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Changing Your Negative Self-Talk

 

“I’m a terrible mom.”

“I’m such a loser.”

“I’m so lazy.”

“I can’t handle this.”

“It’s all my fault.”

 

These are just a few of the comments my clients share with me on a regular basis. They say them as though they’re telling me a fact, as though they’re just making an observation about themselves.

 

But the truth is, these statements are thoughts, not facts.

 

Did you know that all of your thoughts are completely optional? You get to choose them! While you’re not conscious of every thought you have, the more you practice becoming conscious of your thoughts, the better you can become at deliberately choosing them.

 

This is so exciting and important because thoughts are the cause of all your results in life!

 

Let’s suppose you just spent an hour cooking a new recipe for dinner. Your son takes one bite of his food, spits it out and says, “Ew, this is gross!” You immediately think, “I’m a terrible mom.”

 

You feel your jaw clench, your heart race, and your hands start to tingle. You identify your physical reaction as the emotion of inadequacy.  

 

Your feeling of inadequacy drives you to yell at your son and call him “ungrateful.” He storms out of the room, leaving his plate of uneaten food on the table. Your action of yelling results in a disconnection between the two of you, creating evidence for your original thought, “I’m a terrible mom.”

 

Can you see how the thought (“I’m a terrible mom”) created the result (disconnection with your son)?

 

Now, what if you could choose a different thought – on purpose? What thought would you choose?

 

Same situation: your son takes a bite, spits it out and says, “Ew, this is gross!” You could think, “Oh, well. You win some, you lose some.” Or “This is a new recipe. He’s not familiar with these tastes.” Or “I need to teach him a better way to let me know he doesn’t like his food.”

 

The options are endless, but each thought would create a different emotion – maybe indifferent, compassionate, or helpful – and each emotion would compel you to behave in a different way, creating a different outcome.

 

For example, let’s say you choose to think, “I need to teach him a better way to let me know he doesn’t like his food.” This thought causes you to feel helpful, so you might say, “In the future when I serve a new dish, I’d like you to take at least three bites. If, after that, you still don’t like it, you can say, ‘I don’t really like this, Mom,’ and then move on to eating the other foods on your plate.”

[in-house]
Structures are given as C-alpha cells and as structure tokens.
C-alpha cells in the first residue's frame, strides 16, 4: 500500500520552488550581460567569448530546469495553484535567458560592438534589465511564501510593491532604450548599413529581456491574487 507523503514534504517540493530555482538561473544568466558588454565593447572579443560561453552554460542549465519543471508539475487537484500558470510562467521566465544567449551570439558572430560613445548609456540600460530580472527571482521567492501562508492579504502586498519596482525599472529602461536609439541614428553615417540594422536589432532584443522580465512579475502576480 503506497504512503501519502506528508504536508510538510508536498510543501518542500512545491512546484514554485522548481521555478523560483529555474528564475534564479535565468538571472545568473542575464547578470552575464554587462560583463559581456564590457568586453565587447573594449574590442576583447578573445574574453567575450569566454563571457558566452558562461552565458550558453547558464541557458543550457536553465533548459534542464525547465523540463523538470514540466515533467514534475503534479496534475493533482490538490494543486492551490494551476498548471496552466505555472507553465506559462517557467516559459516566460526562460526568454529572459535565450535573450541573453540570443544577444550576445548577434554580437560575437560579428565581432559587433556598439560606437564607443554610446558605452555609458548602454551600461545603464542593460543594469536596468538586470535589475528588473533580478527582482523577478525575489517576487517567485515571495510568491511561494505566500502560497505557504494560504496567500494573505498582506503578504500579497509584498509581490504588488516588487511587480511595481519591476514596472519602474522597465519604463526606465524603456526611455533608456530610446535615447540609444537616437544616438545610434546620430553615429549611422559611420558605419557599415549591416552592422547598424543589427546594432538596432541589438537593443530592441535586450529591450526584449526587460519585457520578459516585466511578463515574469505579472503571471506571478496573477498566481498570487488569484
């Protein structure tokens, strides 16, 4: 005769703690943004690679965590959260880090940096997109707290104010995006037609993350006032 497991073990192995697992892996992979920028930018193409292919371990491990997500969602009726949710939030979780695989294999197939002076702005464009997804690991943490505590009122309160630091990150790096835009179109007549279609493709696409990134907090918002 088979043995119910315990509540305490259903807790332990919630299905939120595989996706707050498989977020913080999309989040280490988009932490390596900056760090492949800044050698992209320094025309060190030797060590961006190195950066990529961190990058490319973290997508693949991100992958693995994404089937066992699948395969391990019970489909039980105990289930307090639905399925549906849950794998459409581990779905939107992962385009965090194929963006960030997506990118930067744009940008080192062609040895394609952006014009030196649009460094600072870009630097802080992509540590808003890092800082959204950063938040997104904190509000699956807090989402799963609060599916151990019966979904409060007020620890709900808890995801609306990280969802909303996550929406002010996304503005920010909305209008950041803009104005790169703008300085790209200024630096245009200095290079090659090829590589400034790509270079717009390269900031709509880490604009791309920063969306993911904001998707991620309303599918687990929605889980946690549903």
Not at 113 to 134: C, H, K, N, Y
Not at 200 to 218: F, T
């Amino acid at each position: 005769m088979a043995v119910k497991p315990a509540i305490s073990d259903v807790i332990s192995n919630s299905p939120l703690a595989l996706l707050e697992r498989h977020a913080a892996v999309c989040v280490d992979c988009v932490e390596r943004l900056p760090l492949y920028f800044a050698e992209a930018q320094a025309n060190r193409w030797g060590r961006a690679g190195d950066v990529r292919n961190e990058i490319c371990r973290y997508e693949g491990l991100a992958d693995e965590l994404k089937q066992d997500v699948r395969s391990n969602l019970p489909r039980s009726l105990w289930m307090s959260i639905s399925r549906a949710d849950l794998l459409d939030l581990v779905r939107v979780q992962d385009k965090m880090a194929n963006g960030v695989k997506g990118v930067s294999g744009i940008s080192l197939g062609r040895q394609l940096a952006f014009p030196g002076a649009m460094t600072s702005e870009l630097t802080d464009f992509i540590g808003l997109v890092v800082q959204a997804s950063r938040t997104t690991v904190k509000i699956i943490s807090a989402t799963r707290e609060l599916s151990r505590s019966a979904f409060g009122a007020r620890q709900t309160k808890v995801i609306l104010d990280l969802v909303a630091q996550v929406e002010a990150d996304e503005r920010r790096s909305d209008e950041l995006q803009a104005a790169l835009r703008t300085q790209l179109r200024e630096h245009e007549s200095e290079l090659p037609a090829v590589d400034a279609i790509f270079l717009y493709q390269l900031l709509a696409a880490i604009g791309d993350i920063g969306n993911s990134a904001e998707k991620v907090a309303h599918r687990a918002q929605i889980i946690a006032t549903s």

When you think negative thoughts and beliefs about yourself, your brain goes to work looking for (and creating) evidence to prove them true. When you think positive thoughts and beliefs about yourself, your brain goes to work looking for (and creating) evidence to prove them true, too.

 

To break the cycle of negative self-talk, you must first become aware of it. Start paying attention to the chatter in your mind. Keep a journal and write in it for five to ten minutes every day. Getting your thoughts out on paper helps you really see what’s going on in that head of yours. Do it with a spirit of kindness and curiosity, rather than of judgment or as another reason to mentally beat yourself up.

 

Once you begin to notice your thoughts, you’ll start to recognize patterns – and you can explore exactly how they’re causing the results in your life and how to change them to create different results.

 

The better you think of yourself, the better you’ll feel. And the better you feel, the  better you’ll behave (by the way, the same is true for your kids). By learning to deliberately choose your thoughts, you can create any result you want for yourself.

 

And that’s a fact 😉

 

If you want personalized help, click HERE to schedule a free mini-session with me. I’ll give you some free coaching to help you uncover the thoughts and beliefs that are impacting you.

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